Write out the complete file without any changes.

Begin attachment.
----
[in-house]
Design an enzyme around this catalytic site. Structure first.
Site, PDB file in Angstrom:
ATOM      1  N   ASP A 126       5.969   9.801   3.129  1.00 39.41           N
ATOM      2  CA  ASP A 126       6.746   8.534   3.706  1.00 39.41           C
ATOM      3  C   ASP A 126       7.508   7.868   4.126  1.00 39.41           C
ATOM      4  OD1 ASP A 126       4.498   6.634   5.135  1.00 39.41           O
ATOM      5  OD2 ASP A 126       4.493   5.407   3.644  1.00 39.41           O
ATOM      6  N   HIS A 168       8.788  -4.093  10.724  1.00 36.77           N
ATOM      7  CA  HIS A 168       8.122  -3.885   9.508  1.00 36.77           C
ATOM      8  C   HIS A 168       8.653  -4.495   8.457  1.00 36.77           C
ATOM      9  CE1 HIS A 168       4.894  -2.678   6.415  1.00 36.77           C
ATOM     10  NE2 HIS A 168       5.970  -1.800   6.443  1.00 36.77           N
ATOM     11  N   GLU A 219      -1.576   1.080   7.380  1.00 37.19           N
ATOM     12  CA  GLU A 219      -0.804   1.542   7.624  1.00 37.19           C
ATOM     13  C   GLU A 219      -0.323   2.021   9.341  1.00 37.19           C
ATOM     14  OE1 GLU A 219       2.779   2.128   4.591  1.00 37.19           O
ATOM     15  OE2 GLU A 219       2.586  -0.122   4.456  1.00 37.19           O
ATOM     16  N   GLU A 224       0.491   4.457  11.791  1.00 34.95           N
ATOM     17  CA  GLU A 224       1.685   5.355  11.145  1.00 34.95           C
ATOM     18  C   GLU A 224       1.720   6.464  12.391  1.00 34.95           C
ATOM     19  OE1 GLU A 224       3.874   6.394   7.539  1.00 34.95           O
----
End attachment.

[in-house]
Design an enzyme around this catalytic site. Structure first.
Site, PDB file in Angstrom:
ATOM      1  N   ASP A 126       5.969   9.801   3.129  1.00 39.41           N
ATOM      2  CA  ASP A 126       6.746   8.534   3.706  1.00 39.41           C
ATOM      3  C   ASP A 126       7.508   7.868   4.126  1.00 39.41           C
ATOM      4  OD1 ASP A 126       4.498   6.634   5.135  1.00 39.41           O
ATOM      5  OD2 ASP A 126       4.493   5.407   3.644  1.00 39.41           O
ATOM      6  N   HIS A 168       8.788  -4.093  10.724  1.00 36.77           N
ATOM      7  CA  HIS A 168       8.122  -3.885   9.508  1.00 36.77           C
ATOM      8  C   HIS A 168       8.653  -4.495   8.457  1.00 36.77           C
ATOM      9  CE1 HIS A 168       4.894  -2.678   6.415  1.00 36.77           C
ATOM     10  NE2 HIS A 168       5.970  -1.800   6.443  1.00 36.77           N
ATOM     11  N   GLU A 219      -1.576   1.080   7.380  1.00 37.19           N
ATOM     12  CA  GLU A 219      -0.804   1.542   7.624  1.00 37.19           C
ATOM     13  C   GLU A 219      -0.323   2.021   9.341  1.00 37.19           C
ATOM     14  OE1 GLU A 219       2.779   2.128   4.591  1.00 37.19           O
ATOM     15  OE2 GLU A 219       2.586  -0.122   4.456  1.00 37.19           O
ATOM     16  N   GLU A 224       0.491   4.457  11.791  1.00 34.95           N
ATOM     17  CA  GLU A 224       1.685   5.355  11.145  1.00 34.95           C
ATOM     18  C   GLU A 224       1.720   6.464  12.391  1.00 34.95           C
ATOM     19  OE1 GLU A 224       3.874   6.394   7.539  1.00 34.95           O